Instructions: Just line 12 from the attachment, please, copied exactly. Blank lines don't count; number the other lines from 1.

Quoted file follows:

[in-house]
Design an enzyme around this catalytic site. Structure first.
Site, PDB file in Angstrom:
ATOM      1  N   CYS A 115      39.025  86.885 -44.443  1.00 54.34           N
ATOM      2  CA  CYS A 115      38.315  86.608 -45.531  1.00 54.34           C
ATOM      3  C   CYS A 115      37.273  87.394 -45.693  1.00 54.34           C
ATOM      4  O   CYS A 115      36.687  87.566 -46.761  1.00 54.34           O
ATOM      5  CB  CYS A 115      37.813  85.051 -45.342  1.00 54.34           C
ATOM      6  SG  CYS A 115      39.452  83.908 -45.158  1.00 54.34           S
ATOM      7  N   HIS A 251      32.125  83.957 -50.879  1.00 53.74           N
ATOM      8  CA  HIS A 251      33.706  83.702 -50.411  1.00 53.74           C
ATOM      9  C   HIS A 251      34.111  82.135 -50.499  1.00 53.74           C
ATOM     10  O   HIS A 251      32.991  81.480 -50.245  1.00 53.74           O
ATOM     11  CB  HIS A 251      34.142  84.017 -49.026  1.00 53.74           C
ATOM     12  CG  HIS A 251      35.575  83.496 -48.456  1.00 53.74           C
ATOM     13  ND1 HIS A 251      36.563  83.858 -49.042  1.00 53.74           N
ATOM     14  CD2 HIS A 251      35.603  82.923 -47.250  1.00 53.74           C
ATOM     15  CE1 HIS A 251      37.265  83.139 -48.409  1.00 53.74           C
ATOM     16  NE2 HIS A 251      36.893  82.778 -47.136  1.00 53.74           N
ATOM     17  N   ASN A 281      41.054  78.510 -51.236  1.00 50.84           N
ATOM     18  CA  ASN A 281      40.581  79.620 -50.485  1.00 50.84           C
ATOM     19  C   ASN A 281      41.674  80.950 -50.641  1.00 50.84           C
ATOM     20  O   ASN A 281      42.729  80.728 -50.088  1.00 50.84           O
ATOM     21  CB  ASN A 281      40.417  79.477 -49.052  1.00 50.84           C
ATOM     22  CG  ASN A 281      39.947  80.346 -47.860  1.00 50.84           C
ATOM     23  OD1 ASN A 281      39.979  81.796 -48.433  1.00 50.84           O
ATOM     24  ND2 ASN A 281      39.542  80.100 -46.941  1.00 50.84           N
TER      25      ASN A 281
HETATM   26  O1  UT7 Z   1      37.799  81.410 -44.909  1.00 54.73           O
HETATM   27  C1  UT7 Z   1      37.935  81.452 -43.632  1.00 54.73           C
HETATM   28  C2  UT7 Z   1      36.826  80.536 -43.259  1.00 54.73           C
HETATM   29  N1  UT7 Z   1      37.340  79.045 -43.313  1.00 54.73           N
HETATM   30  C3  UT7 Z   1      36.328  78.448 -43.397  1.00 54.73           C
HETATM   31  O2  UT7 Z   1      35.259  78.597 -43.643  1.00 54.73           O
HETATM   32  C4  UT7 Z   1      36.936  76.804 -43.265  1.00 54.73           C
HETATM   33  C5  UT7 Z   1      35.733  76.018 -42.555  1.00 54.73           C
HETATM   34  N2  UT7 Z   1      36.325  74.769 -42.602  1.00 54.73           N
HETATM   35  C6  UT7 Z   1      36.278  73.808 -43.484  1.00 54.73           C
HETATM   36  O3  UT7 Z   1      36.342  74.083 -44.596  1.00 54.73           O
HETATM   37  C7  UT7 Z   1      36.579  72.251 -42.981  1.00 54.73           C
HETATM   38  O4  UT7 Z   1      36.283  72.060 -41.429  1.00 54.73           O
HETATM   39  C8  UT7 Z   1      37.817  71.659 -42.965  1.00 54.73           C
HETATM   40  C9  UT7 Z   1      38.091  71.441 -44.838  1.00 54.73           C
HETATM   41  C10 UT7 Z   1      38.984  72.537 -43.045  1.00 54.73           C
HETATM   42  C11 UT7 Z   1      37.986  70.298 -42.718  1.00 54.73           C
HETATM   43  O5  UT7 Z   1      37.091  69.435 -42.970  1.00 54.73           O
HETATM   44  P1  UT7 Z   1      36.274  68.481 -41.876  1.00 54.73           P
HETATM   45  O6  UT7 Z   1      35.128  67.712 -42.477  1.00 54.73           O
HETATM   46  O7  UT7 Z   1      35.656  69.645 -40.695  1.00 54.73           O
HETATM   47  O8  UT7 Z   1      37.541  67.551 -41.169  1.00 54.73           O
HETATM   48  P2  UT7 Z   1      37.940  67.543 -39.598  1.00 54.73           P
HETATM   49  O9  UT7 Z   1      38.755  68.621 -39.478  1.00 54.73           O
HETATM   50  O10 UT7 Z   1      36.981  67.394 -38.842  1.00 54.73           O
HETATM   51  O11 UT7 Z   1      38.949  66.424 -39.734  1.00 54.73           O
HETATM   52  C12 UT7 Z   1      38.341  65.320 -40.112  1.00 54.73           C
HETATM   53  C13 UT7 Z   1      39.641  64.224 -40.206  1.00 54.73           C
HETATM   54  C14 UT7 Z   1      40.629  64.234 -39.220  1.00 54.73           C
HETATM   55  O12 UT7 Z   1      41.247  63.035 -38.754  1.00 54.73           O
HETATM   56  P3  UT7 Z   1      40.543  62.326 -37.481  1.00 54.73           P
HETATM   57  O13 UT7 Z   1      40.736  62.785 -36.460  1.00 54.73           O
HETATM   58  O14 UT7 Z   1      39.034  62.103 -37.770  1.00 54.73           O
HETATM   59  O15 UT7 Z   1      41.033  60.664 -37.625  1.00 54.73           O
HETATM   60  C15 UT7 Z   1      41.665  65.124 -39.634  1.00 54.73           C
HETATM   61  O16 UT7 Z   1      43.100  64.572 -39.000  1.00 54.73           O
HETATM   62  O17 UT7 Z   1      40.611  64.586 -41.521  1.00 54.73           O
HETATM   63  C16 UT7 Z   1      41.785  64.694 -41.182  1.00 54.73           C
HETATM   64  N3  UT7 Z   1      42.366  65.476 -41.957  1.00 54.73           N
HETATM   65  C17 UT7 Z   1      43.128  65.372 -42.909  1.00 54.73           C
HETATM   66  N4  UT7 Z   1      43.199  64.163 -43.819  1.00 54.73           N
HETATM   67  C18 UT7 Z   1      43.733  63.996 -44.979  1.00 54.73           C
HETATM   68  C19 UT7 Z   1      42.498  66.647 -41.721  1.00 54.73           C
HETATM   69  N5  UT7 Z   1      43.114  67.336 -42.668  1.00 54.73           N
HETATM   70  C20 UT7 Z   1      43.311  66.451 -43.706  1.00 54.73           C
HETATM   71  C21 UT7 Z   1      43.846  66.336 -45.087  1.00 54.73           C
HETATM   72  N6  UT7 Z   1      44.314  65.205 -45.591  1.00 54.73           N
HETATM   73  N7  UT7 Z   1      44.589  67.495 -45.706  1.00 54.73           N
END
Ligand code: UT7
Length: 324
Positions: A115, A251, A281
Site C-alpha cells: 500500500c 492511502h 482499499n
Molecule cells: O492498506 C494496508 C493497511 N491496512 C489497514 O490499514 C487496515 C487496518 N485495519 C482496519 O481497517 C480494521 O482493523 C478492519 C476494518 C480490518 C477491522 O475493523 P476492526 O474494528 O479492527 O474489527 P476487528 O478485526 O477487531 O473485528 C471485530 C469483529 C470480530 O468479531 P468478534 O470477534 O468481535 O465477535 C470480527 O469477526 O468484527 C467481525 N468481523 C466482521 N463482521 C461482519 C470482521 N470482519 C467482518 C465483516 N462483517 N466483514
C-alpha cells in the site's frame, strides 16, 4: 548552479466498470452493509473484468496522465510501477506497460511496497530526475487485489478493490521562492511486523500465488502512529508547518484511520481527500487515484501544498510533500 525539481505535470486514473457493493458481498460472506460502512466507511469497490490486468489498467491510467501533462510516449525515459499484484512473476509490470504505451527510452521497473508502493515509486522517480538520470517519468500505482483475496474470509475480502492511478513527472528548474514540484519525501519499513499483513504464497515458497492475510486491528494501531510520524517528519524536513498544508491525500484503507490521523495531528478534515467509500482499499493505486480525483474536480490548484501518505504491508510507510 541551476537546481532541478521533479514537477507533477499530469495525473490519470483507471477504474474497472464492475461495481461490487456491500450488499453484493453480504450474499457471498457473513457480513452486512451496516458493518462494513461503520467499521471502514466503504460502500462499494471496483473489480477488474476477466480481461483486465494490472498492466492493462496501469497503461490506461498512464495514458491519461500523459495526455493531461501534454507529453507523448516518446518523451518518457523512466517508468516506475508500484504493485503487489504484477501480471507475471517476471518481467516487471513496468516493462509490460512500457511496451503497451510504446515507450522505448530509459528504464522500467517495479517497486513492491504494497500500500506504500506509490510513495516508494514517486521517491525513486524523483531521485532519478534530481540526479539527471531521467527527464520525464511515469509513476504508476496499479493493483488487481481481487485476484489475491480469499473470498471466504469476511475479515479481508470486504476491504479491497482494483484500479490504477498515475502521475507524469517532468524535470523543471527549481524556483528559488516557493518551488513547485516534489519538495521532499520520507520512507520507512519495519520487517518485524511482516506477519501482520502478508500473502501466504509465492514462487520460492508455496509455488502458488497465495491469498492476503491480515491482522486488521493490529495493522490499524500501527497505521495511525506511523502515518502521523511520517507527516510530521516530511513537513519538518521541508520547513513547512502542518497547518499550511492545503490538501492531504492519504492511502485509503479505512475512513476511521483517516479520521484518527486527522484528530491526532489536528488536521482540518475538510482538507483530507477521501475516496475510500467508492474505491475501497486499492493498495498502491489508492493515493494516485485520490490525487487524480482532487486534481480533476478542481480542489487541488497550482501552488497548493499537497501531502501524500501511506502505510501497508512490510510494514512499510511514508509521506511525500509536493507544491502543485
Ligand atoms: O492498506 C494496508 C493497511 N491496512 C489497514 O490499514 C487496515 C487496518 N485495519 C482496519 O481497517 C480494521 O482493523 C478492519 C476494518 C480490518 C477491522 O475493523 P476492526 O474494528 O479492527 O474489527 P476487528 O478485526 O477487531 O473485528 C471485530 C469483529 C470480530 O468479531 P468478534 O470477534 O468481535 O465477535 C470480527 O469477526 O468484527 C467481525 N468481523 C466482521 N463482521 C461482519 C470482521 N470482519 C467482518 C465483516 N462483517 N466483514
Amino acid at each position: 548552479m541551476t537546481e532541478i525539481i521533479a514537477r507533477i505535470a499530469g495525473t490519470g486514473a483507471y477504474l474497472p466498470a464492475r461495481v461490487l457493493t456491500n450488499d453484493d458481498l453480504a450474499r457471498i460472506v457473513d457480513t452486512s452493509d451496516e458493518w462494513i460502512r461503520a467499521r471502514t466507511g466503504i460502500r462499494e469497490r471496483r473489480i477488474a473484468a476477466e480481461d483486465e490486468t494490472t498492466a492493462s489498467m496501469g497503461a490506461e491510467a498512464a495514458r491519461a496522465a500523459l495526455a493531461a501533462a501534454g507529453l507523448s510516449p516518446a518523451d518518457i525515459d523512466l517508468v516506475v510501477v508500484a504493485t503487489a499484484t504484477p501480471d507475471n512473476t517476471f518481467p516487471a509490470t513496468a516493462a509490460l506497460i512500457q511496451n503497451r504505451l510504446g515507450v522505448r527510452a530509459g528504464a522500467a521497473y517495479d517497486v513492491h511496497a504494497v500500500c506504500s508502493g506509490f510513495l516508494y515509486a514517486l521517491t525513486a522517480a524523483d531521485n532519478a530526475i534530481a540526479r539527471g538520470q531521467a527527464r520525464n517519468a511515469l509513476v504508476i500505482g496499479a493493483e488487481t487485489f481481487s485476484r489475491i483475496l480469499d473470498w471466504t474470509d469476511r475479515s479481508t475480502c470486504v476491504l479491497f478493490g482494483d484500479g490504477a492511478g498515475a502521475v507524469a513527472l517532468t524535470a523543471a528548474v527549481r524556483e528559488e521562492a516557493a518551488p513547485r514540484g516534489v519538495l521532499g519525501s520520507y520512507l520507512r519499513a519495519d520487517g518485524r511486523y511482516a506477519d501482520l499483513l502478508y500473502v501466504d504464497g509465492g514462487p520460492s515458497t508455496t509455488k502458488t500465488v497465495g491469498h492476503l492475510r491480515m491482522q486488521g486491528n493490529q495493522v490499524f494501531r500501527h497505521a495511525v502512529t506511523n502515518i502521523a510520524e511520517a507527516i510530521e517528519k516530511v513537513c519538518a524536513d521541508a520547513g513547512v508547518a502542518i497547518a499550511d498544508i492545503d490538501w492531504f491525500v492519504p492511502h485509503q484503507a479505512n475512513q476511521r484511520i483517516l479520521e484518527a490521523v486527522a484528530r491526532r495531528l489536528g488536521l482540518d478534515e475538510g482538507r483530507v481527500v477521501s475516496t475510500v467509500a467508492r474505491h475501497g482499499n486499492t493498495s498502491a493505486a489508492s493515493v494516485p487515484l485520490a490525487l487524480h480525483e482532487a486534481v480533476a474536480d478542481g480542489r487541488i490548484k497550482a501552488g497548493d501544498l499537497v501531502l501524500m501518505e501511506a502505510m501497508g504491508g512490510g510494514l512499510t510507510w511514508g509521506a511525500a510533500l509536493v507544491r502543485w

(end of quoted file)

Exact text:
ATOM      9  C   HIS A 251      34.111  82.135 -50.499  1.00 53.74           C